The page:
The day The Beatles rock and rolled into Fleetwood
Guitarist Alan Wright talks about the day he shared the stage with The Beatles
It was August 25 1962 and little did the Fleetwood crowd know that they were about to see a rock and roll band on stage that would become the greatest in the world.
The Beatles rocked up at the Marine Hall coolly clad in jeans, boots and leather, polar opposite to Fleetwood band The Trespassers, who were playing on the same bill.
They conformed more to The Shadows or Cricket’s style, immaculately dressed in their crisp blazers and bow ties.
For Alan Wright, The Trespasser’s guitar player, he remembers the night well.
With his band he had played at the Marine Hall on many occasions, they were regulars on the music scene.
But on that memorable night, he simply didn’t rate The Beatles.
“We didn’t know The Beatles,” he said, “they turned up in a van and they were just hanging around.
“They came on the stage behind us and got their cigarettes out, smoking, they actually turned their backs to the crowd.
“The girls liked them of course, but they didn’t play much at all and the audience booed them. In fact the man who was running the concert at the Marine Hall was horrified! He was very posh and I remember he came up to the stage and said ‘well, get off the stage and never come back to Fleetwood again!’
Alan recalled how the management team, who had escorted The Beatles to Fleetwood, were not happy at all and they apologised.
He said: “They really were very sorry and I remember them saying how it wasn’t the way they had wanted it to go.”
Alan and the band continued with their gigs and as time moved on and The Beatles reached their fame, he didn’t really relate the two.
“Curiously I didn’t connect them with The Beatles who achieved so much fame later. I became an ardent fan of them and with hindsight I wish I had made more of our only meeting.”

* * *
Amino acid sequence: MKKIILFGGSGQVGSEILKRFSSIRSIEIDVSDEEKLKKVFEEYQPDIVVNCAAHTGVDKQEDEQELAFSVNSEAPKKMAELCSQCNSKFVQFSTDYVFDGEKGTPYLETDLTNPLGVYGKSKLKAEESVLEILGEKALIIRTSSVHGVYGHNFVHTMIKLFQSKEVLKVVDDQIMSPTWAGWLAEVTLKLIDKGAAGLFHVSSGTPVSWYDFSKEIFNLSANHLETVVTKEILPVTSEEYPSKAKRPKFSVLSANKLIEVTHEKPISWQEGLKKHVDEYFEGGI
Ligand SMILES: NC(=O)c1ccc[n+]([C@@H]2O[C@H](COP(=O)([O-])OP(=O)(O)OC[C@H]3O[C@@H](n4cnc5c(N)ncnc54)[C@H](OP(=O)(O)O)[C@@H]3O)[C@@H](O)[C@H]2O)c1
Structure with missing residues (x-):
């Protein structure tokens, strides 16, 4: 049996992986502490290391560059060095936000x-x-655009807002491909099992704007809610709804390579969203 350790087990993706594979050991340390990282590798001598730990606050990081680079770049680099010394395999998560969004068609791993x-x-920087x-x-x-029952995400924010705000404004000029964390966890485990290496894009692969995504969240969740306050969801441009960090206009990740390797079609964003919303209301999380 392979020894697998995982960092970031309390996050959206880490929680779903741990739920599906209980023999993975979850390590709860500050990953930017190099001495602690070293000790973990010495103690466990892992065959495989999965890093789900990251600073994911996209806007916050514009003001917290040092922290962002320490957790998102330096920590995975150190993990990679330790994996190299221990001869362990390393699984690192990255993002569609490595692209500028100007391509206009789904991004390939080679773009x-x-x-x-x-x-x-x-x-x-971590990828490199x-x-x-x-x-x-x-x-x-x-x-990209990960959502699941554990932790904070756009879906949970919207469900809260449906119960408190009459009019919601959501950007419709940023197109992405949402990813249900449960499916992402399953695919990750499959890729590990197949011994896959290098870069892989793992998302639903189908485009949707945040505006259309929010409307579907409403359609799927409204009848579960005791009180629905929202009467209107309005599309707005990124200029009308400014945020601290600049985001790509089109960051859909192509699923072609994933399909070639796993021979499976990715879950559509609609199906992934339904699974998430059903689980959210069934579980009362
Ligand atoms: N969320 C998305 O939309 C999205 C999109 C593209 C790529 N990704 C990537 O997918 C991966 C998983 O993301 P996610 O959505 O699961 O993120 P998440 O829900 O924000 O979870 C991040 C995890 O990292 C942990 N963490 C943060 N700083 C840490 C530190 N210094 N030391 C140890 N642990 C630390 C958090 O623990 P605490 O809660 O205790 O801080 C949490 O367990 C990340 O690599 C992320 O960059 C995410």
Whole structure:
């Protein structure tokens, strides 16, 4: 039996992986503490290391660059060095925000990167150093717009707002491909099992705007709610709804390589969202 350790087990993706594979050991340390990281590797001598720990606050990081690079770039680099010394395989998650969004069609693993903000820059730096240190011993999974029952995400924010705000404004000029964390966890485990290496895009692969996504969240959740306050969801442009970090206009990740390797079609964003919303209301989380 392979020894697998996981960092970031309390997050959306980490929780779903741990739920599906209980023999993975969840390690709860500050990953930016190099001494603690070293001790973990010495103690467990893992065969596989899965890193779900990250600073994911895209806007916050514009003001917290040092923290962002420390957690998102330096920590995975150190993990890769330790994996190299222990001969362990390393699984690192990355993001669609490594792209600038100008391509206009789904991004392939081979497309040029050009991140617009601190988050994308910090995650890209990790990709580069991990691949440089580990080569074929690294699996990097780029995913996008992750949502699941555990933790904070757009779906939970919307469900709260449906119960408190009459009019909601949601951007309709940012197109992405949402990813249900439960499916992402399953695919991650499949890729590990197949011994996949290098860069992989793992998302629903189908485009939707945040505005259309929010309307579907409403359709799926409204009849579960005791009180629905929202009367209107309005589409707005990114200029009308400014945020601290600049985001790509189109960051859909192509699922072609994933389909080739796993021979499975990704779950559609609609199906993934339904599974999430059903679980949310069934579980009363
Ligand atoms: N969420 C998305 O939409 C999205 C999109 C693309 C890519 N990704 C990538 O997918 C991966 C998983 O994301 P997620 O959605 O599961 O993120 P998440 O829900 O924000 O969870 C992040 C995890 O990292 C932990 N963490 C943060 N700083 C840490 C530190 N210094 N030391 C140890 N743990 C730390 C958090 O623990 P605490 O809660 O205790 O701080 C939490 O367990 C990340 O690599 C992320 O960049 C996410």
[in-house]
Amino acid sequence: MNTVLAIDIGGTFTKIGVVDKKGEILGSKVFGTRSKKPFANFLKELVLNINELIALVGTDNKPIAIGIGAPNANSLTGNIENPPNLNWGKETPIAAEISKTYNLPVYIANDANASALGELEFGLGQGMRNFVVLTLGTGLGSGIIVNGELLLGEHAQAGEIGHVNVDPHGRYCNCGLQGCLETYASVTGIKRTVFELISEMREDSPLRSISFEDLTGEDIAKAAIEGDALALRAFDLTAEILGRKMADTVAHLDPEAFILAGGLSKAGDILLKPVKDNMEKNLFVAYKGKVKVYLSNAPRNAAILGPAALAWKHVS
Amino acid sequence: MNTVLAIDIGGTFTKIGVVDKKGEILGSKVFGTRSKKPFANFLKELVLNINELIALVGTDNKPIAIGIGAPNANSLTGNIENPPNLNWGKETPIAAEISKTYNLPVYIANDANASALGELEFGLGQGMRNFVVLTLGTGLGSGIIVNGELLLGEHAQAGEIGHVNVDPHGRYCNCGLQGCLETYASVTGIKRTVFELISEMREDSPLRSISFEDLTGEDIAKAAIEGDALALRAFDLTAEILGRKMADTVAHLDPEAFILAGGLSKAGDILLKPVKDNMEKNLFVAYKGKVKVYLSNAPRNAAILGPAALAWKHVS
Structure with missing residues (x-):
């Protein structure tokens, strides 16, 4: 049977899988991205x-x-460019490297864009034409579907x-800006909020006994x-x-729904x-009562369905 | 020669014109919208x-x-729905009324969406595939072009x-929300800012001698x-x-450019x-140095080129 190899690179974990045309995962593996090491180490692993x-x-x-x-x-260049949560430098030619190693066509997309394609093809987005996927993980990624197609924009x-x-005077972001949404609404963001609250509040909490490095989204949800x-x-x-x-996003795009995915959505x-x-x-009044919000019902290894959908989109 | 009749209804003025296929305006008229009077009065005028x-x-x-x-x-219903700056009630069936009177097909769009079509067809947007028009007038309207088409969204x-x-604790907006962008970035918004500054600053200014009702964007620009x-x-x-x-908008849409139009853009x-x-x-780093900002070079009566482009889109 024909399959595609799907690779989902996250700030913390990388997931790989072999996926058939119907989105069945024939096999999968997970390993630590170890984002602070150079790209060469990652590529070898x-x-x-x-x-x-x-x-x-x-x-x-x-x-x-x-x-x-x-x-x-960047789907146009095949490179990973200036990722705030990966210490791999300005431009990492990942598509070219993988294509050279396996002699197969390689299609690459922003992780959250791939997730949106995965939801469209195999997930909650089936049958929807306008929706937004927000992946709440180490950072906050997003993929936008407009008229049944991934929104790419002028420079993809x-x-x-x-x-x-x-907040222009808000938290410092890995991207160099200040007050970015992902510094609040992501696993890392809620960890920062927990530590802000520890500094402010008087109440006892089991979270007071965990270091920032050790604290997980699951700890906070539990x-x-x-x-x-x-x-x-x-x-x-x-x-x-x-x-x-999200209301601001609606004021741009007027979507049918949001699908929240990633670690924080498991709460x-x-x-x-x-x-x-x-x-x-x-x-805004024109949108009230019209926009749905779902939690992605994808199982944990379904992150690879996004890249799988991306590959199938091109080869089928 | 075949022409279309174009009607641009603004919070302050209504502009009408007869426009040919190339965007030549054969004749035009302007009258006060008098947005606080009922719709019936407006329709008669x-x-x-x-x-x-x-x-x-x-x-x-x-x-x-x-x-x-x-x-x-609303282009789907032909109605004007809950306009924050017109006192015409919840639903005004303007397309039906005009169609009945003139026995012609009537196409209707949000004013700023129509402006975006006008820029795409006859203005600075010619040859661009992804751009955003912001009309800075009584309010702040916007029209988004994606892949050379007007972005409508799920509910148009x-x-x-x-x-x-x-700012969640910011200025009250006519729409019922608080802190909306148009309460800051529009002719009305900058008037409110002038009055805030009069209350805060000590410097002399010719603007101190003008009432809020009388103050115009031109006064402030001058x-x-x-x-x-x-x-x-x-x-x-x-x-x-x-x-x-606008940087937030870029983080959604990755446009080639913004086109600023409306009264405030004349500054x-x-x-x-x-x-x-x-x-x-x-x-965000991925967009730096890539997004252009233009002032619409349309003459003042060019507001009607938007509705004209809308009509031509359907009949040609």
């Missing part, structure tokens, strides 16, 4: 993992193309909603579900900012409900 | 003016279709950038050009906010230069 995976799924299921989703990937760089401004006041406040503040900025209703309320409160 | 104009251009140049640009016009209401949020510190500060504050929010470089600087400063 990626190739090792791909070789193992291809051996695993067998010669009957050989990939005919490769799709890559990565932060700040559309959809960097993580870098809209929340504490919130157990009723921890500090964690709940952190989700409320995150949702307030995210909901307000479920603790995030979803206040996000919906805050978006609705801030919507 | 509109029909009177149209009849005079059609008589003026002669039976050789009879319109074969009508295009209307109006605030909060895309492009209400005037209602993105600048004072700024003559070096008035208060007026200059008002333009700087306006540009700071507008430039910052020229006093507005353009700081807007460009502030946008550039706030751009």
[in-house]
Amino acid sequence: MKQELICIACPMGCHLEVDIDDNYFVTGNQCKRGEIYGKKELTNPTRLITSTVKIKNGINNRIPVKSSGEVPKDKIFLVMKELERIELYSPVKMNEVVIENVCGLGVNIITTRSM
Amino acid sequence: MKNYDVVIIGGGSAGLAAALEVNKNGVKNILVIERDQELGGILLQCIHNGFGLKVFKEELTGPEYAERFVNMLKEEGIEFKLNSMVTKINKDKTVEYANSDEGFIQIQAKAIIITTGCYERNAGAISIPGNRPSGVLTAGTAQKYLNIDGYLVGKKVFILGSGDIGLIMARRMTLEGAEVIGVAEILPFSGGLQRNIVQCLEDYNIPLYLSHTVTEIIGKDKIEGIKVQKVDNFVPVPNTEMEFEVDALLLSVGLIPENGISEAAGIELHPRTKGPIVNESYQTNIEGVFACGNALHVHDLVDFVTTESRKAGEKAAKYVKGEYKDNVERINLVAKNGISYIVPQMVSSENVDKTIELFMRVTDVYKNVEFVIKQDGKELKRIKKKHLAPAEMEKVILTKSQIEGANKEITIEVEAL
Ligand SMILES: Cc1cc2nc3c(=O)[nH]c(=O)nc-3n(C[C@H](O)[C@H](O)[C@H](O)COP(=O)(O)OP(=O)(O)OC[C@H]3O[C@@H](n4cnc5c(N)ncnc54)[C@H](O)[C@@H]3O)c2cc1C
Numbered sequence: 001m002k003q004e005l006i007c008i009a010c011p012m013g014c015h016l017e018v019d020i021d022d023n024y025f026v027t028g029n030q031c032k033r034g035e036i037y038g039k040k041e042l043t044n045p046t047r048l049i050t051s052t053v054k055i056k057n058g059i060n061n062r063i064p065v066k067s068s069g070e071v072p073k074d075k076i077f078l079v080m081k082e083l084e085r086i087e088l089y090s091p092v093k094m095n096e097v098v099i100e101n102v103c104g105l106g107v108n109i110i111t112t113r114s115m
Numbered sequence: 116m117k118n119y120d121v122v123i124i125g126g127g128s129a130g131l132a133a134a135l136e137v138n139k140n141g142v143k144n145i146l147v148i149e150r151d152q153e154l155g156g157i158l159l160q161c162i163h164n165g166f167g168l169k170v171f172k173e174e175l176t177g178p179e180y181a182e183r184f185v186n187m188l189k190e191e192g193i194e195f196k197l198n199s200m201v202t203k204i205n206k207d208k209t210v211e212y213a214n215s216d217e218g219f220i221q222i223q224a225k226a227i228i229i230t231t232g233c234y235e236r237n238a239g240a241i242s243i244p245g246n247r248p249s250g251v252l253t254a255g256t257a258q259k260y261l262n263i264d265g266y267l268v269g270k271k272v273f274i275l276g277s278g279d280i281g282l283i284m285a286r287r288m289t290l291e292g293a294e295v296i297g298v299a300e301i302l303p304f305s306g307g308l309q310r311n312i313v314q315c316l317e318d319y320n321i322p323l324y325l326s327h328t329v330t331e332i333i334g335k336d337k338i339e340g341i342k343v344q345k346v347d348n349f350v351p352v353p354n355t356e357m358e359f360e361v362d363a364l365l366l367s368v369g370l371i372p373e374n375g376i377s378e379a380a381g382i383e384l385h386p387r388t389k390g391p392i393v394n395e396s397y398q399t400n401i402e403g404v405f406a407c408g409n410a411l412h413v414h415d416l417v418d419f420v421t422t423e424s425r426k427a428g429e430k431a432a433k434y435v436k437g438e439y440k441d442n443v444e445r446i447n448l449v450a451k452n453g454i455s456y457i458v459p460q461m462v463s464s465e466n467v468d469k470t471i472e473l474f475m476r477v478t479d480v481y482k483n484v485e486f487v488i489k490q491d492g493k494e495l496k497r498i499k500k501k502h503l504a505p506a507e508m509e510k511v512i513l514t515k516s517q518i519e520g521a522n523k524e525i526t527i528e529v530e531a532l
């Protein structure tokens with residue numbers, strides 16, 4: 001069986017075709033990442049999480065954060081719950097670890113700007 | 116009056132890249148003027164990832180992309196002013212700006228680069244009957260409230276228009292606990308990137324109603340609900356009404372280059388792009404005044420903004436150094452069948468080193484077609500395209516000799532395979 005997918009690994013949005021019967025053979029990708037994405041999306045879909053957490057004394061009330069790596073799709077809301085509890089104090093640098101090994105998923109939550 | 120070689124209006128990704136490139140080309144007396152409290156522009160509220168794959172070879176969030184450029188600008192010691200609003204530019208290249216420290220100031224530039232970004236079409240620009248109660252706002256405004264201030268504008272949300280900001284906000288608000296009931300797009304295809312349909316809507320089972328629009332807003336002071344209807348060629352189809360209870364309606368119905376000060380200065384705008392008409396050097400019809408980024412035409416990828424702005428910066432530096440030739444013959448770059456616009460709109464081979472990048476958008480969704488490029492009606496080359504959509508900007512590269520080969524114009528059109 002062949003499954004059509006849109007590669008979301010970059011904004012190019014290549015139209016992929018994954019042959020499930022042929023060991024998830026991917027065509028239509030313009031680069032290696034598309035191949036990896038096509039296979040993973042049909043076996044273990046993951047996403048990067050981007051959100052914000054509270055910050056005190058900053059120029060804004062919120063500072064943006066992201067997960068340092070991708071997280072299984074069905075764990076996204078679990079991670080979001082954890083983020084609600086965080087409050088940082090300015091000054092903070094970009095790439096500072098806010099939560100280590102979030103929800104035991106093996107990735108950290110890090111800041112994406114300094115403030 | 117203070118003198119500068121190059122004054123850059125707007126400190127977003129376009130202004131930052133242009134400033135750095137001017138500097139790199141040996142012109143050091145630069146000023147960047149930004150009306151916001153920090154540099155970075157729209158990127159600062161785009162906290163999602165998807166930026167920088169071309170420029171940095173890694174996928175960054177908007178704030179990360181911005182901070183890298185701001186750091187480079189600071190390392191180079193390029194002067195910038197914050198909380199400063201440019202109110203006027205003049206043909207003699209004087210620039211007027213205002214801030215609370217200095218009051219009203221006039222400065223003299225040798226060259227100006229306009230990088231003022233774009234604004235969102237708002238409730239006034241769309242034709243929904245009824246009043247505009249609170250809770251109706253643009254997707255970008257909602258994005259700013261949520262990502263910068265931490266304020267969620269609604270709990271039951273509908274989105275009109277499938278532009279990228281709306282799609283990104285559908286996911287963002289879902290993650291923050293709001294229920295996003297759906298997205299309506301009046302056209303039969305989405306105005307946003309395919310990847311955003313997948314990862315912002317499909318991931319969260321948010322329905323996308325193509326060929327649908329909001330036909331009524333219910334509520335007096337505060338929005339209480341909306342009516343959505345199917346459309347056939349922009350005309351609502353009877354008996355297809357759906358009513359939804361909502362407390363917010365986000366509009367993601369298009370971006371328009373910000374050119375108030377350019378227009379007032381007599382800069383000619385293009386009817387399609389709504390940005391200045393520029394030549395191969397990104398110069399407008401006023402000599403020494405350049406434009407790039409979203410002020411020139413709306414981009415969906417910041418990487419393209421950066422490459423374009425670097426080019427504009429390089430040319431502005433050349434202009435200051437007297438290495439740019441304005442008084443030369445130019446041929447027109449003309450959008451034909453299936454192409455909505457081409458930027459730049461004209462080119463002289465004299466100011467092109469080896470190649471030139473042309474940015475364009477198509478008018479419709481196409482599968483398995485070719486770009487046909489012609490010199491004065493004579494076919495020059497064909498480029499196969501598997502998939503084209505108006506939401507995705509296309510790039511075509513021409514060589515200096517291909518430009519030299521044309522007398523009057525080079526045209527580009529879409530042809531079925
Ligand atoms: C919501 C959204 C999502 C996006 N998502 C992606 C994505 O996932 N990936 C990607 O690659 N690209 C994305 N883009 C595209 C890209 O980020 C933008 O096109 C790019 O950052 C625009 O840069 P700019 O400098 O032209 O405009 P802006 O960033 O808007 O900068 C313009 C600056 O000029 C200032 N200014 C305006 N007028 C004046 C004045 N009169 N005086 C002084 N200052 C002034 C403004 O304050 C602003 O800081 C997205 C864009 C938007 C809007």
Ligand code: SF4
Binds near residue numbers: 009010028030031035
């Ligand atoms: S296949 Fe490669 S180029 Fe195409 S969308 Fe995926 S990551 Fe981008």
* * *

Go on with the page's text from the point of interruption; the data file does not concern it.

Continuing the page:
The Trespassers got together as school pals. Their music did take them to many gigs and on a few occasions they were asked to branch further afield, which could possibly have opened up more opportunities.
But unfortunately for Alan, his parents weren’t keen on the idea and wouldn’t let him go, opting instead for a normal job.
“I had the chance to go to Hamburg but they wouldn’t let me go!”
Alan met various artists and band managements over the years including blues artist John Lee Hooker who sang Dimples. He asked him up on stage once.
He was also approached at the Tangerine Club in Blackpool to support as backing to Jackie Trent whilst she was singing Blue Moon. She went on to marry Tony Hatch a famous impresario. Alan, who lives with his wife Bridgette in Fleetwood, still visits the museum childhood home of John Lennon in Liverpool where he has been known to sing a tune whilst taking in the surroundings. Although he lost touch with his band members, Eddie ‘Nick’ Nicholas, Bob Harper, Ray Simpson and Keith Hornby, he fondly remembers the good times.
“They were lovely days in many ways.”
As well as their global fame, The Beatles went on to perform in Blackpool, notably in 1964, just two years later, after conquering America and it was a completely different scenario. The Gazette headline at the time reported how all police leave had been cancelled to cope with the crowd.
The Beatles performed two Sundays at the Opera House. The first saw them mobbed as news leaked of their arrival and thousands of fans crowded the airport and town centre. The second was a softly-softly affair as the Beatles’ arrival was kept a closely-guarded secret.